- Course: BSc Meteorology and Climate Science (Industrial)
- Nationality: Singaporean
- Job title: Working on the relationship between rainfall characteristics and the atmospheric conditions over Singapore
- Company: Meteorological Service Singapore (MSS)
- Location of year abroad: Singapore Changi Airport (Terminal 2)
What is the name of the company you work for and what do they do?
I work for the Meteorological Service Singapore (MSS), a division of the National Environment Agency (NEA). Within the MSS, I work in the Weather Services Department (WSD) which deals with satellite operations, weather observation and weather forecasting occurs. It officially comprises Singapore’s central forecasting office.
What is your role within the company?
I am currently working on a project that involves analysing the relationship between various atmospheric variables and the different spatial and temporal rainfall patterns across the island. The aim is to design a web interface to help forecasters to predict accurately where and when it will rain, since tropical rainfall is highly unpredictable and can be very intense. I also hope to predict the risks of rainfall exceeding certain rates that would trigger flash flooding in various regions, so that heavy rain warnings can be issued in advance for stakeholders who would potentially be affected.
What do you enjoy the most and do you get involved in any interesting projects?
Tropical weather forecasting is challenging as models are not of sufficiently high resolution to resolve very small, local-scale processes (e.g. cloud formation and local convection). Hence, for my project, I need to make use of extensive ground-based historical data to find various relationships between atmospheric variables and rainfall.
I enjoy the experience of having my meteorology knowledge from first and second years applied in the real working world. I am especially interested in the spatial and temporal patterns of rainfall in Singapore since thunderstorms can pop up anytime and interact with the environment in very dynamic, unpredictable ways. Some parts of the small island can receive large amounts of rainfall in a short period of time, while other parts receive none. The rainfall can also become extremely intense, with lots of lightning and thunder, making these storms even more exciting.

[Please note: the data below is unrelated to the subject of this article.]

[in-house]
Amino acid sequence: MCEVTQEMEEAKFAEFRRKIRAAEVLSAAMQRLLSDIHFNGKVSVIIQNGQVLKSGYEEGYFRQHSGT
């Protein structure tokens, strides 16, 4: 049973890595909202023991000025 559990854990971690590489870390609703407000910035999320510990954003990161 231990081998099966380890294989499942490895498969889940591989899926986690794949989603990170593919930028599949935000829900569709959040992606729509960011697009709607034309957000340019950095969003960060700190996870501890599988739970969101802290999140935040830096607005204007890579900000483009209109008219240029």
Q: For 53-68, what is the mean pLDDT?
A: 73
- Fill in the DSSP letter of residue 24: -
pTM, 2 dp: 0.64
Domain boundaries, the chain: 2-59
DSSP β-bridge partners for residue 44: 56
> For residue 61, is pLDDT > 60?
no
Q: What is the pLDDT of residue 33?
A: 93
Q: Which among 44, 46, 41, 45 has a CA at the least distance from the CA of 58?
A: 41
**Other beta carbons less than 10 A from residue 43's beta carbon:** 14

What do you think you have got out of this experience so far?
I have embraced working life back in Singapore, which is obviously very different to student life. Importantly, I figured out my daily routine by the end of my first week. In the office, I usually work independently, and my supervisor checks on my progress occasionally. However, I also periodically approach him once I have completed a sample of work to ensure that I am on the right track before moving on.
I have been able to observe how all of the theory that I learnt in class is put into practice through the different operations at my office - especially the daily weather forecast briefing. My project also enables me to extend my understanding of the statistical knowledge I learnt in the Environmental Research and Career Skills module in Year 2 to analyse non-linear relationships between rainfall characteristics in Singapore, and a composite of atmospheric variables. During intense thunderstorm events, I also have the opportunity to witness the severe weather warnings issued, such as lightning risk and heavy rain warnings. These are the most exciting of my working hours.
Working in the airport is a true privilege and I can see planes taking off every few minutes from my office window. I also get to enjoy staff discounts at restaurants and the food courts. Finally, I have been able to get to know a few of my colleagues, and I usually have lunch with my friend, who recently graduated and started work at MSS the same time I started my year in industry.
Do you have any tips and advice for current students thinking of undertaking a year in industry?
From my experience, I would provide the following tips:
1. Research a few companies you might be interested in working for during your year in industry, and send emails to inquire if they offer such an opportunity. Do remember to send your CV as well.
2. Contact your student employability officer once you have decided on a handful of specific companies. They may well have someone that you can directly contact, which was the case for me.
3. Ensure your CV is up-to-date. You can use the Careers Centre to check your CV and get help.
4. Don’t leave it to the last minute – start applications months before the end of Year 2 (i.e. at the start of the New Year). However, there is no need to panic either since it’s still possible to secure a year in industry around May-June.
5. Make sure you consider your accommodation and check the living expenses if doing your year in industry overseas. Singapore is generally a very expensive place to live, but because I have family there, living costs are hardly an issue for me. If you are going to an unknown country, don’t forget to take cultural differences into account.